We’re excited to announce general availability of F# 4.6 and the F# tools for Visual Studio 2019! In this post, I’ll show you how to get started, explain the F# 4.6 feature set, give you an update on the F# tools for Visual Studio,
This post was written by Lena Hall, a Senior Cloud Developer Advocate at Microsoft. F# Software Foundation has recently announced their new initiative — Applied F# Challenge! We encourage you to participate and send your submissions about F# on Azure through the participation form.
F# 4.6 is now fully released. See the announcement blog post for more. We’re excited to announce that Visual Studio 2019 will ship a new version of F# when it releases: F# 4.6! F# 4.6 is a smaller update to the F# language,
Today, we’re incredibly pleased to announce general availability of F# 4.5. This post will walk through the changes in F# 4.5 (just like the preview post), then show some updates to F# tooling, and finally talk a bit about where what we’re thinking about for the next F# version.
Accounting for this change on Windows build servers: You may be doing one of the following things to install F# on a Windows build server. Installing the full Visual Studio IDE Installing the F# Compiler SDK MSI Neither of these options have been recommended for some time, but are still available with F# 4.1. For using F# 4.5 in a Windows build server, we recommend (in order of preference), Using the .NET SDK, the FSharp.Compiler.Tools package, or the Visual Studio Build Tools SKU. Better async stack traces Starting with F# 4.5 and FSharp.Core 4.5.0, stack traces for async computation expressions: Reported line numbers now correspond to the failing user code Non-user code is no longer emitted For example, consider the following DSL and its usage with an FSharp.Core version prior to 4.5.0: Note that both the f1 and f2 functions are called twice.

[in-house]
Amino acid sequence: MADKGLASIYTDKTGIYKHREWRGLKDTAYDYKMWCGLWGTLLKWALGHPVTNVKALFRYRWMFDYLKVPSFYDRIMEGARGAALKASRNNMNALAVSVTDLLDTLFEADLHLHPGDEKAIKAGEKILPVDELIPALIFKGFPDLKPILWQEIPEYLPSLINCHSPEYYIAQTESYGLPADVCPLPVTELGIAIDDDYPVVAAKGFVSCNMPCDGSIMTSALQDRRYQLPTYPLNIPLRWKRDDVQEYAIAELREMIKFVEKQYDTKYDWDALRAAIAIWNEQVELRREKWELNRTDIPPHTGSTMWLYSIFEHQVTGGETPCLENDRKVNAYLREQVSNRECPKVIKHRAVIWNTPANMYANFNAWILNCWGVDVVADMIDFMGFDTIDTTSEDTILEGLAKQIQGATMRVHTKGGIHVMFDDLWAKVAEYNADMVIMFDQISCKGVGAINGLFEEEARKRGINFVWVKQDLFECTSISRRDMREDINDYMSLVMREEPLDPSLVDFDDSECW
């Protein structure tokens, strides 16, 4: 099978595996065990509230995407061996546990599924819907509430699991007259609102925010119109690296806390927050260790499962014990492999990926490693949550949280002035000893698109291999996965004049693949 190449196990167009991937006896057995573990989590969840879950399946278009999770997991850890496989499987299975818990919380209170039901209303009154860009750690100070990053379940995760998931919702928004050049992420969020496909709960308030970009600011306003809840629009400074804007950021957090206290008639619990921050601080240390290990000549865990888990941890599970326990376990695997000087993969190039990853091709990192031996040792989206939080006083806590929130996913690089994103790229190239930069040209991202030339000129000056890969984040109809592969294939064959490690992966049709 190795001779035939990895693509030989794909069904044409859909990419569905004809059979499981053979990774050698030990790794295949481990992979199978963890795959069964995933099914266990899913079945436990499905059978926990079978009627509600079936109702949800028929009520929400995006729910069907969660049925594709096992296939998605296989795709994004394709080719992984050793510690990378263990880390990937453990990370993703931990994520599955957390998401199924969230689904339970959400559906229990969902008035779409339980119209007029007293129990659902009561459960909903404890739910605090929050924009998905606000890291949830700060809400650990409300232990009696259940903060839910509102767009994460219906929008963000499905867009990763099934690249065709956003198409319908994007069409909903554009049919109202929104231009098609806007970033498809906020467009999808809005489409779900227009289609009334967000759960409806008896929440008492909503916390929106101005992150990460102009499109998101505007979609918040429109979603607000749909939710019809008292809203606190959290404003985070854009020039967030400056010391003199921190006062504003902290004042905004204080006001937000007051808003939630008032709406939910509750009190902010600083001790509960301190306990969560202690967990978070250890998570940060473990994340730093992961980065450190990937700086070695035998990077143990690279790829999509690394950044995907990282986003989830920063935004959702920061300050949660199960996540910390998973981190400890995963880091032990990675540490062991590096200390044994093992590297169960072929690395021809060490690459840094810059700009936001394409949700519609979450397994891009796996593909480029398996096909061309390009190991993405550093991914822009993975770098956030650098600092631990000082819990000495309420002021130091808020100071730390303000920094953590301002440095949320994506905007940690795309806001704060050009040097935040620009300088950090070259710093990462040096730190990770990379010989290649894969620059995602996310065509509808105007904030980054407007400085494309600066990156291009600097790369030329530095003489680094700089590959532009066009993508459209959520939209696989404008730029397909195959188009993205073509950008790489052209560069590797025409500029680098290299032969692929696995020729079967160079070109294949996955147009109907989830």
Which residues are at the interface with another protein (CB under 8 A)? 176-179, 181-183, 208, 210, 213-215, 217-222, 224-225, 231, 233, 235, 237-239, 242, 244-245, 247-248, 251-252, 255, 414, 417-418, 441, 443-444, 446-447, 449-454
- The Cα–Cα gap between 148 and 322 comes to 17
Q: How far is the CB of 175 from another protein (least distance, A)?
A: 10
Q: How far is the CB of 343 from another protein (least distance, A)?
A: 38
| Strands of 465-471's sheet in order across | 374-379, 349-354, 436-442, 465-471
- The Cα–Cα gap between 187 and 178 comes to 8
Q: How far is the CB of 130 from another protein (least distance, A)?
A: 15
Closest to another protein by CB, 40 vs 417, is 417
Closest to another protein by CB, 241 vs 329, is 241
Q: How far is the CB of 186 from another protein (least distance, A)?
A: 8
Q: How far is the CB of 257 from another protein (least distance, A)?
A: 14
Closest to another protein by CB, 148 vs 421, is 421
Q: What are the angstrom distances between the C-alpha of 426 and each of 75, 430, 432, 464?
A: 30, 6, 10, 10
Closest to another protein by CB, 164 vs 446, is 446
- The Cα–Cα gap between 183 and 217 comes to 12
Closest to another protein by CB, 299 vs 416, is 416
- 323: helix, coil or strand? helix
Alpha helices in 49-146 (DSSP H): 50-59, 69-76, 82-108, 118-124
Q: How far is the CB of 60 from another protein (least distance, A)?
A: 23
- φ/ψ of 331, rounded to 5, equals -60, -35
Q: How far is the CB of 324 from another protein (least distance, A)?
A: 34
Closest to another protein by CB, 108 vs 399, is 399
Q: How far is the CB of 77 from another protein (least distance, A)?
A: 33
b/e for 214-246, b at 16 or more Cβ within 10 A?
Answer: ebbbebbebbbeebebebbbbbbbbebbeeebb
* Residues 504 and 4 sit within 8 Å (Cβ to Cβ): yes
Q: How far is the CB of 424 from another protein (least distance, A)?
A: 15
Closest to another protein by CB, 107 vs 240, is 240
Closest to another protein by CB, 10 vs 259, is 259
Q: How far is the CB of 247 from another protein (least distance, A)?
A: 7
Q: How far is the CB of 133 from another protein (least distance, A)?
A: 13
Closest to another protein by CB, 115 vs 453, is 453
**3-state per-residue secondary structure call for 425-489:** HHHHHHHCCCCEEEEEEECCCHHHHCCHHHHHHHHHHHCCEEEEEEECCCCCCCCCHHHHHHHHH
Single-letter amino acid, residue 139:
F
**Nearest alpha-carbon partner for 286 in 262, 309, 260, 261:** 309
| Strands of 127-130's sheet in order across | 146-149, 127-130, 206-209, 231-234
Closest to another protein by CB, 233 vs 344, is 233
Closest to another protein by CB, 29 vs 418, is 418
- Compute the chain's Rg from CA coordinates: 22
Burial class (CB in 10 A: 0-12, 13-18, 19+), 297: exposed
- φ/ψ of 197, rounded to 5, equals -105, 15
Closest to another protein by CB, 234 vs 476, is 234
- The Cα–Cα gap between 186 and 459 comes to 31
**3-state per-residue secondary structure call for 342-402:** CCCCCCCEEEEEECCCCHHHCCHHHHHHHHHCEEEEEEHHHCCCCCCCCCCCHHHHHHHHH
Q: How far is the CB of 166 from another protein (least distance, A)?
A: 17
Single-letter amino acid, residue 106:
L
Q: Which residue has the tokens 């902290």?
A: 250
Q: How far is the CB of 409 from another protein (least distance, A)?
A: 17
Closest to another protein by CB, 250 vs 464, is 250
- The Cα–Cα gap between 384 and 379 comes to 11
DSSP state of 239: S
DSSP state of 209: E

We’re excited to share updates about changes to F# and F# tools which shipped with the Visual Studio 2017 version 15.7 release. Let’s dive in! Type Providers now support .NET Standard For those who aren’t familiar with Type Providers, they are a feature of F# which allow you to get IntelliSense for data.
With the release of Visual Studio 2017 version 15.6, we’re excited to share updates to the F# language and core library, F# tooling in Visual Studio, and infrastructure updates that concern OSS contributors. Let’s dive in! F# language and core library updates Some foundational changes for the F# language and core library have been made,
We’re pleased to announce that Visual Studio 2017 15.5 Preview 4 now supports F# projects targeting .NET Core, .NET Standard, and .NET Framework through the .NET Core SDK. Some of you have noticed various levels of this support in the first,
Earlier this year, I wrote about an update to the roadmap for F# and .NET Core. I had mentioned that there were a number of things you could build with F# and .NET Core today, such as web services. In this post,
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